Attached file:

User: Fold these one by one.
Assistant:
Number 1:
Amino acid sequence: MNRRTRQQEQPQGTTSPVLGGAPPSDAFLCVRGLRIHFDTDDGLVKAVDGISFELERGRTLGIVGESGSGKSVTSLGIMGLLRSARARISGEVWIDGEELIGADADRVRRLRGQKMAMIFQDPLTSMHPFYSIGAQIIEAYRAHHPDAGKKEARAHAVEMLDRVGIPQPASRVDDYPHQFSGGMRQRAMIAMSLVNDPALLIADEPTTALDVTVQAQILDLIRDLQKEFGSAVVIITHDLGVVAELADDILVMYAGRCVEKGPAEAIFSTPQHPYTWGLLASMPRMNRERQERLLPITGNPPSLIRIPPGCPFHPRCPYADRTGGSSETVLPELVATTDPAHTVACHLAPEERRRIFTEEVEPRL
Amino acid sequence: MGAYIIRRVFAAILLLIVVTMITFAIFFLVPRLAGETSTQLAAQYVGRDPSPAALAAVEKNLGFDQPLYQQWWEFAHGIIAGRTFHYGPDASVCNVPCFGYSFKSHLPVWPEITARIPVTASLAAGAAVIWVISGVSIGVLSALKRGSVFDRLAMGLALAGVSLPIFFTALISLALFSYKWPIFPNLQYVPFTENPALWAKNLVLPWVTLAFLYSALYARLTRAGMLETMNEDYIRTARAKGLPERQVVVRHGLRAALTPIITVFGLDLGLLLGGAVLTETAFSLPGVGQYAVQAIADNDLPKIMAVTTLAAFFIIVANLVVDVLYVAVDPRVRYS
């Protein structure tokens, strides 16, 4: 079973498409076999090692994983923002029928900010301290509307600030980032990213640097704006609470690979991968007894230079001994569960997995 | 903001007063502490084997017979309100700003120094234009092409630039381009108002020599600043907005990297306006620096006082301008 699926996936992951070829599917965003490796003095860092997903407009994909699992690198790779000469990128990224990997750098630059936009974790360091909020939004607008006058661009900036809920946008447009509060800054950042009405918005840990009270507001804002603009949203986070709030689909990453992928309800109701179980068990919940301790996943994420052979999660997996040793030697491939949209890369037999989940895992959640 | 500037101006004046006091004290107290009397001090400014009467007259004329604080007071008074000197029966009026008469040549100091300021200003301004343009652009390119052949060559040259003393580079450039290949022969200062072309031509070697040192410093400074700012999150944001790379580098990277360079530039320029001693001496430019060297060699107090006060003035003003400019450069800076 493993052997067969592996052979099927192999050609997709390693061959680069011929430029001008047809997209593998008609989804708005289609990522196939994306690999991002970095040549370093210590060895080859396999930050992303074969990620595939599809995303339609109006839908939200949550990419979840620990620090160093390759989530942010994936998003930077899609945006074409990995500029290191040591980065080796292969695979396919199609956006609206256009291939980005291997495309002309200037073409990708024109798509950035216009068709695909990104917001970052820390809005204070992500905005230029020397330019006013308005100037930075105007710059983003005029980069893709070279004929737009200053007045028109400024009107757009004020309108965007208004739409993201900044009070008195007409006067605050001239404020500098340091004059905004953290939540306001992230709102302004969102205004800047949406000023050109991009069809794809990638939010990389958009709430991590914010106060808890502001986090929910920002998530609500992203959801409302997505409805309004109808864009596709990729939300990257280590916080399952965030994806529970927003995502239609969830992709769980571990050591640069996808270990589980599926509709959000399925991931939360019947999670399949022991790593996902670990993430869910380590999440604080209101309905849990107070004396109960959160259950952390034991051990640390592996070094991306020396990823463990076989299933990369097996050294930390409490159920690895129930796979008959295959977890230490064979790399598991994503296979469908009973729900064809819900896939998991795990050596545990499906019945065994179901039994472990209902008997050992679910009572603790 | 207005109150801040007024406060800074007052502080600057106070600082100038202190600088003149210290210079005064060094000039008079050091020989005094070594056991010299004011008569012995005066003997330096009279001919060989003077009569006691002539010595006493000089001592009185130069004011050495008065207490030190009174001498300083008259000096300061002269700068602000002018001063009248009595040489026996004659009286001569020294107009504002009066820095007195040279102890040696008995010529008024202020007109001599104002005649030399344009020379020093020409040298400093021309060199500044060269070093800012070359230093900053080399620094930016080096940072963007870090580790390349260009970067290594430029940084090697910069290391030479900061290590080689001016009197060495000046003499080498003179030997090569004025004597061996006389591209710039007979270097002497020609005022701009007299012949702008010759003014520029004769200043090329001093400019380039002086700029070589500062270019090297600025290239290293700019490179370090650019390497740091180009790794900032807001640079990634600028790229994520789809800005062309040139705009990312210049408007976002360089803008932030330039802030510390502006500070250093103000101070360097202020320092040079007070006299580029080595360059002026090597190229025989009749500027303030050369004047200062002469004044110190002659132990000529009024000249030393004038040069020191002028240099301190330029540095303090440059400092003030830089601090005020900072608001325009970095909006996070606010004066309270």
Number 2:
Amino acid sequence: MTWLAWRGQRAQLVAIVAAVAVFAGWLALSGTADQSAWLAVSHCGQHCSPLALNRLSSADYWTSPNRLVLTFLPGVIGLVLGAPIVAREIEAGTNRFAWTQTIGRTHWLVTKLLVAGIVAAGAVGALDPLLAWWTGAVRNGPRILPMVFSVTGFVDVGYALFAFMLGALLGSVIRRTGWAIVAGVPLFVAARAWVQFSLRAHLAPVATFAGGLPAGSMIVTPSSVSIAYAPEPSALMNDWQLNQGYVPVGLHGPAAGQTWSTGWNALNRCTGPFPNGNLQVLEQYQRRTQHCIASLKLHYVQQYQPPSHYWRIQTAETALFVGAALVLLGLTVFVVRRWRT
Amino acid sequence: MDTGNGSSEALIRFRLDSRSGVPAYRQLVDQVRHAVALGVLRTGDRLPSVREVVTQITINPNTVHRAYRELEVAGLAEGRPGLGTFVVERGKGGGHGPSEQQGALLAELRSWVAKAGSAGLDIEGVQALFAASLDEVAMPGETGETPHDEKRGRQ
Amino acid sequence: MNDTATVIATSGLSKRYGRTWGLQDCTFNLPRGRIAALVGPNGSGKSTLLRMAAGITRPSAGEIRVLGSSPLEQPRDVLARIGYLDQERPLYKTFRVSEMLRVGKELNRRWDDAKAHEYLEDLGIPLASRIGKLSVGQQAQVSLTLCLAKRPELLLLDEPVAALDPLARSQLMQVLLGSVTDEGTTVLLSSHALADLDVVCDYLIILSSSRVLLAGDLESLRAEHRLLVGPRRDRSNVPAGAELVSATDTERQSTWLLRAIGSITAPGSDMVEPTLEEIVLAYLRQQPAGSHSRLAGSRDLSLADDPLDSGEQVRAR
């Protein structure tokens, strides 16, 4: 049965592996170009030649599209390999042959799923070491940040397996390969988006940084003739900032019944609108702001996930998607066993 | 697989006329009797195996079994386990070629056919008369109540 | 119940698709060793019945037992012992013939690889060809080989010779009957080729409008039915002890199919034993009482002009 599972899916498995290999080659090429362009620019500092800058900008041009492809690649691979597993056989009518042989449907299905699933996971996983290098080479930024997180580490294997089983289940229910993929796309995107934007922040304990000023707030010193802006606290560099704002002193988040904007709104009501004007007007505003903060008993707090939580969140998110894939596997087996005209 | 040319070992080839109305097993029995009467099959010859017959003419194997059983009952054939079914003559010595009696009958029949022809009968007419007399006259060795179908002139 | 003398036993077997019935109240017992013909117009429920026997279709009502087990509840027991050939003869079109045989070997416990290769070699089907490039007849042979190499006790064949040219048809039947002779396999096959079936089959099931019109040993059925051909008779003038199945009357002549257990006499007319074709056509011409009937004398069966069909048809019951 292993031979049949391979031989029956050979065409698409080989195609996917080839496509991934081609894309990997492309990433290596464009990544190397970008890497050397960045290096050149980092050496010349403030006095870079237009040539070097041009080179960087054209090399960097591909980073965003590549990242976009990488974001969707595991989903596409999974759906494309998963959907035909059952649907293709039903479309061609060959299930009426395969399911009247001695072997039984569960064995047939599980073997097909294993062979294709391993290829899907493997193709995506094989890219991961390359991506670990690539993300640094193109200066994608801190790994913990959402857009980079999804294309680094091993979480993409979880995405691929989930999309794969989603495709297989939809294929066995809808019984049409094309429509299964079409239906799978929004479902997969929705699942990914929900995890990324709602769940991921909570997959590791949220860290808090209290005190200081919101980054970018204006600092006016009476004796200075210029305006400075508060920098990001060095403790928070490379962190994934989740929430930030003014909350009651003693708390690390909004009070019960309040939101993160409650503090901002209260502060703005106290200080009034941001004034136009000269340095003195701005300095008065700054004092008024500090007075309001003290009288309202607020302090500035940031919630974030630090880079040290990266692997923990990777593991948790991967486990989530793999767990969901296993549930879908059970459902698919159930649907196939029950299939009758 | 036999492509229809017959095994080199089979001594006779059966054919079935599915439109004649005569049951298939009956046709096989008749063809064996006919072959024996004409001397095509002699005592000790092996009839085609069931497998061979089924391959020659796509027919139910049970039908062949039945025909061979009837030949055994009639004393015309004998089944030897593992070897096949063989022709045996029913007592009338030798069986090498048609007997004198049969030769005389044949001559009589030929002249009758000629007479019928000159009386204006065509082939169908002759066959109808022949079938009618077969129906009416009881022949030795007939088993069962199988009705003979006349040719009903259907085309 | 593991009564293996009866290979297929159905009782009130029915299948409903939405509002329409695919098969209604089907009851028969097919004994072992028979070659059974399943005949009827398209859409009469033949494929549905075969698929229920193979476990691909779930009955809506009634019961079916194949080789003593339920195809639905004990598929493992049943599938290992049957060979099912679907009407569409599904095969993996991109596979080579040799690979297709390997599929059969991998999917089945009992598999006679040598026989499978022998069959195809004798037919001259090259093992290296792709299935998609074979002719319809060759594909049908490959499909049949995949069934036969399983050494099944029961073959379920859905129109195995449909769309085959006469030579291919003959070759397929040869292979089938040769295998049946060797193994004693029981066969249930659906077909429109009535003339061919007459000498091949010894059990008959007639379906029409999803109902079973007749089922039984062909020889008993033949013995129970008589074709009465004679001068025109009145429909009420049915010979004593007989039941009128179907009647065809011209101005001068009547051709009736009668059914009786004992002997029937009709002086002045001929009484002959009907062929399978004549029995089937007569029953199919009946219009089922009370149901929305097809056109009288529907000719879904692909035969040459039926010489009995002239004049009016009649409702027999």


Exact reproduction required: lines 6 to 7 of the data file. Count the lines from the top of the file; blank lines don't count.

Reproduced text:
């Protein structure tokens, strides 16, 4: 079973498409076999090692994983923002029928900010301290509307600030980032990213640097704006609470690979991968007894230079001994569960997995 | 903001007063502490084997017979309100700003120094234009092409630039381009108002020599600043907005990297306006620096006082301008 699926996936992951070829599917965003490796003095860092997903407009994909699992690198790779000469990128990224990997750098630059936009974790360091909020939004607008006058661009900036809920946008447009509060800054950042009405918005840990009270507001804002603009949203986070709030689909990453992928309800109701179980068990919940301790996943994420052979999660997996040793030697491939949209890369037999989940895992959640 | 500037101006004046006091004290107290009397001090400014009467007259004329604080007071008074000197029966009026008469040549100091300021200003301004343009652009390119052949060559040259003393580079450039290949022969200062072309031509070697040192410093400074700012999150944001790379580098990277360079530039320029001693001496430019060297060699107090006060003035003003400019450069800076 493993052997067969592996052979099927192999050609997709390693061959680069011929430029001008047809997209593998008609989804708005289609990522196939994306690999991002970095040549370093210590060895080859396999930050992303074969990620595939599809995303339609109006839908939200949550990419979840620990620090160093390759989530942010994936998003930077899609945006074409990995500029290191040591980065080796292969695979396919199609956006609206256009291939980005291997495309002309200037073409990708024109798509950035216009068709695909990104917001970052820390809005204070992500905005230029020397330019006013308005100037930075105007710059983003005029980069893709070279004929737009200053007045028109400024009107757009004020309108965007208004739409993201900044009070008195007409006067605050001239404020500098340091004059905004953290939540306001992230709102302004969102205004800047949406000023050109991009069809794809990638939010990389958009709430991590914010106060808890502001986090929910920002998530609500992203959801409302997505409805309004109808864009596709990729939300990257280590916080399952965030994806529970927003995502239609969830992709769980571990050591640069996808270990589980599926509709959000399925991931939360019947999670399949022991790593996902670990993430869910380590999440604080209101309905849990107070004396109960959160259950952390034991051990640390592996070094991306020396990823463990076989299933990369097996050294930390409490159920690895129930796979008959295959977890230490064979790399598991994503296979469908009973729900064809819900896939998991795990050596545990499906019945065994179901039994472990209902008997050992679910009572603790 | 207005109150801040007024406060800074007052502080600057106070600082100038202190600088003149210290210079005064060094000039008079050091020989005094070594056991010299004011008569012995005066003997330096009279001919060989003077009569006691002539010595006493000089001592009185130069004011050495008065207490030190009174001498300083008259000096300061002269700068602000002018001063009248009595040489026996004659009286001569020294107009504002009066820095007195040279102890040696008995010529008024202020007109001599104002005649030399344009020379020093020409040298400093021309060199500044060269070093800012070359230093900053080399620094930016080096940072963007870090580790390349260009970067290594430029940084090697910069290391030479900061290590080689001016009197060495000046003499080498003179030997090569004025004597061996006389591209710039007979270097002497020609005022701009007299012949702008010759003014520029004769200043090329001093400019380039002086700029070589500062270019090297600025290239290293700019490179370090650019390497740091180009790794900032807001640079990634600028790229994520789809800005062309040139705009990312210049408007976002360089803008932030330039802030510390502006500070250093103000101070360097202020320092040079007070006299580029080595360059002026090597190229025989009749500027303030050369004047200062002469004044110190002659132990000529009024000249030393004038040069020191002028240099301190330029540095303090440059400092003030830089601090005020900072608001325009970095909006996070606010004066309270």
Number 2: